Gov. Pat McCrory has been on a media blitz lately, with four news conferences in the last few days, one to fear-monger about refugee children, one to announce State Budget Director Art Pope was stepping down, one to sign the budget and one to announce the new director of the State Bureau of Investigation.
The budget transferred the SBI from the Department of Justice overseen by Attorney General Roy Cooper to the Department of Public Safety that is part of the McCrory Administration. It’s probably just a coincidence that Cooper has announced he is likely to run against McCrory in two years.
McCrory said that the children relocated to North Carolina after fleeing dangerous and abuse situations in Central American countries did not receive health screenings and may be a threat to North Carolina children. He sounded ominous warnings about the lack of background checks of the sponsors providing the children their new home.
But the children do undergo health screenings and the sponsors do undergo background checks. McCrory could have found that out by simply visiting the website of the office of Federal Office of Refugee Resettlement.
When confronted with the information that background checks are done on the sponsors of the children, McCrory said they were not the kind of background checks that need to be done. He didn’t provide any clarification and seemed caught off guard by pointed questions.
It’s worth noting that he didn’t have his talking points about the refugee children in front of him the second time he talked about it, when he was challenged on his remarks. That came at the press event to announce the departure of Pope.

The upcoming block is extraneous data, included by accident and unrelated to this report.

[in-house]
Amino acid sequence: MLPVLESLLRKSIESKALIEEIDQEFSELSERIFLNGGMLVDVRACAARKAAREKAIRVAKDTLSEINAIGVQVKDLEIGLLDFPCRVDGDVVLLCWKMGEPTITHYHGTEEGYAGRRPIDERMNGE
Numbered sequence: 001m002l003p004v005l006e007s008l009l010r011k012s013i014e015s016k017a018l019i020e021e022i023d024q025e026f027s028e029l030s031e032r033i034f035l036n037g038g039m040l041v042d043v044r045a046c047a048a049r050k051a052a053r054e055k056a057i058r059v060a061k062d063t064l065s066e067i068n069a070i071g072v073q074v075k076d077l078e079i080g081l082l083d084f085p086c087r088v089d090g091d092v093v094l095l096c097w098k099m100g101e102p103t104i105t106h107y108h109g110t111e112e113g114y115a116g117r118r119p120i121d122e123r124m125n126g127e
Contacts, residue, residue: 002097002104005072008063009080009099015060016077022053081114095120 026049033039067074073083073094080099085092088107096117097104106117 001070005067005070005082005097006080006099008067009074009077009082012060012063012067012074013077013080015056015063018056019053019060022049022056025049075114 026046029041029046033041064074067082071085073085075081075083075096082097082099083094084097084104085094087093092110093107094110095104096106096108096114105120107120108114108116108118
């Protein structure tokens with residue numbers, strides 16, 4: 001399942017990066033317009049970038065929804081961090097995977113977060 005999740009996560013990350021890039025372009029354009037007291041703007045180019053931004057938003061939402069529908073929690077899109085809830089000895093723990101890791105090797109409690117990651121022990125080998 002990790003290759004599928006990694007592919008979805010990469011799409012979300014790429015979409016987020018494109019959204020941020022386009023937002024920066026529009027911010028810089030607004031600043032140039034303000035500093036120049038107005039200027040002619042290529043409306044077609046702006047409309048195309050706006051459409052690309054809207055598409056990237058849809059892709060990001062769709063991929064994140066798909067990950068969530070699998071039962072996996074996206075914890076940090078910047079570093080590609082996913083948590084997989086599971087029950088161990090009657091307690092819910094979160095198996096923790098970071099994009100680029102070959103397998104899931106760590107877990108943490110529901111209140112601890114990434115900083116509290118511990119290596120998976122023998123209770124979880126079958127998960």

McCrory’s demagoguery about the refugee children promoted widespread criticism, including frustration from charities reaching out to help the kids. That shouldn’t have surprised him and he may not even care.
His aim was not to make any meaningful policy statement, it was to inflame the emotions of the Republican base and distract the public from the confusing teacher pay raise and overall chaos of the legislative session that drones on with skeletal meetings because House and Senate leaders can’t even agree on how to leave town.
A Charlotte Observer editorial summed up McCrory’s performance at one of the media events with a sentence that fits all of his appearances during the week.
When McCrory speaks, it’s frequently hard to discern whether he’s being disingenuous for political reasons or truly believes what he says but is surprisingly uninformed of reality.
That was especially true of McCrory’s comments about education funding at an event to announce the new SBI chief.
McCrory was asked about comments by Charlotte-Mecklenburg School Superintendent Heath Morrison that his school district will have to slash 90 teacher assistant jobs because of a $2.6 million cut in the state budget.
McCrory replied “that has nothing to do with our budget. We are supplying the exact amount of money — regarding if they use the money that we sent them.”
Tortured syntax aside, it’s simply not true. That’s why the superintendents of Wake County and Winston-Salem/Forysth schools made similar remarks this week. They lost funding in the state budget for teacher assistants too.
The top financial officer for the N.C. Department of Public Instruction, Philip Price, told N.C. Policy Watch that the budget actually spends $105 million less on teacher assistants than originally budgeted for 2014.
And that comes on top of last year’s budget that slashed more than 3,000 teaching assistants and more than 5,000 teacher jobs.
McCrory either doesn’t understand what the budget actually means for schools or is trying to mislead the public about the cuts it makes.
It’s back to the choices the Observer presented to describe McCrory’s comments. They are either disingenuous or surprisingly uninformed of reality.
Either way, the people of North Carolina deserve more from their governor.
Chris Fitzsimon is executive director of N.C. Policy Watch.